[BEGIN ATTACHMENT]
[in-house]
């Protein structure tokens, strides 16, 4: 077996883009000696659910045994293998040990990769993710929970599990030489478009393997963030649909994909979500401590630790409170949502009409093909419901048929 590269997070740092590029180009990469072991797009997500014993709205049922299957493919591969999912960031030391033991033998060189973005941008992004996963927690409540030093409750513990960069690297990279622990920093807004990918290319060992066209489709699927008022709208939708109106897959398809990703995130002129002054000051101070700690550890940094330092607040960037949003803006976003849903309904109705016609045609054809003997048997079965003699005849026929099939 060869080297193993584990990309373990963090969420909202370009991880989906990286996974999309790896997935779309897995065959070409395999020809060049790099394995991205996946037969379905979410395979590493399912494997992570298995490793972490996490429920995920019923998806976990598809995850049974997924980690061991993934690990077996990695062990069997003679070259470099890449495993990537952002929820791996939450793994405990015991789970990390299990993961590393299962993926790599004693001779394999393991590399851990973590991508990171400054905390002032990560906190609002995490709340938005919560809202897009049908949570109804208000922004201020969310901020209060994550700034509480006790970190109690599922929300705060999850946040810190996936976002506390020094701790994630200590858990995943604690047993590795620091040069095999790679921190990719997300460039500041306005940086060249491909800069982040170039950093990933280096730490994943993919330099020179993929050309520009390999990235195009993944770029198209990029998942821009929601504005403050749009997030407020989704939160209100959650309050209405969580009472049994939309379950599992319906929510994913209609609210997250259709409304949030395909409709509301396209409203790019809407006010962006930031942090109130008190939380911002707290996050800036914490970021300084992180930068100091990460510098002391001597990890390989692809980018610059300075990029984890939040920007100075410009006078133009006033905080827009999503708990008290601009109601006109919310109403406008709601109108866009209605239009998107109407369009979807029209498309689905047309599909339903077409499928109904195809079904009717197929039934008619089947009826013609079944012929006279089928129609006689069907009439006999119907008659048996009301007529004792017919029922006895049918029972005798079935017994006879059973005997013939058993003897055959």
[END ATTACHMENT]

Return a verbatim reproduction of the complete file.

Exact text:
[in-house]
């Protein structure tokens, strides 16, 4: 077996883009000696659910045994293998040990990769993710929970599990030489478009393997963030649909994909979500401590630790409170949502009409093909419901048929 590269997070740092590029180009990469072991797009997500014993709205049922299957493919591969999912960031030391033991033998060189973005941008992004996963927690409540030093409750513990960069690297990279622990920093807004990918290319060992066209489709699927008022709208939708109106897959398809990703995130002129002054000051101070700690550890940094330092607040960037949003803006976003849903309904109705016609045609054809003997048997079965003699005849026929099939 060869080297193993584990990309373990963090969420909202370009991880989906990286996974999309790896997935779309897995065959070409395999020809060049790099394995991205996946037969379905979410395979590493399912494997992570298995490793972490996490429920995920019923998806976990598809995850049974997924980690061991993934690990077996990695062990069997003679070259470099890449495993990537952002929820791996939450793994405990015991789970990390299990993961590393299962993926790599004693001779394999393991590399851990973590991508990171400054905390002032990560906190609002995490709340938005919560809202897009049908949570109804208000922004201020969310901020209060994550700034509480006790970190109690599922929300705060999850946040810190996936976002506390020094701790994630200590858990995943604690047993590795620091040069095999790679921190990719997300460039500041306005940086060249491909800069982040170039950093990933280096730490994943993919330099020179993929050309520009390999990235195009993944770029198209990029998942821009929601504005403050749009997030407020989704939160209100959650309050209405969580009472049994939309379950599992319906929510994913209609609210997250259709409304949030395909409709509301396209409203790019809407006010962006930031942090109130008190939380911002707290996050800036914490970021300084992180930068100091990460510098002391001597990890390989692809980018610059300075990029984890939040920007100075410009006078133009006033905080827009999503708990008290601009109601006109919310109403406008709601109108866009209605239009998107109407369009979807029209498309689905047309599909339903077409499928109904195809079904009717197929039934008619089947009826013609079944012929006279089928129609006689069907009439006999119907008659048996009301007529004792017919029922006895049918029972005798079935017994006879059973005997013939058993003897055959």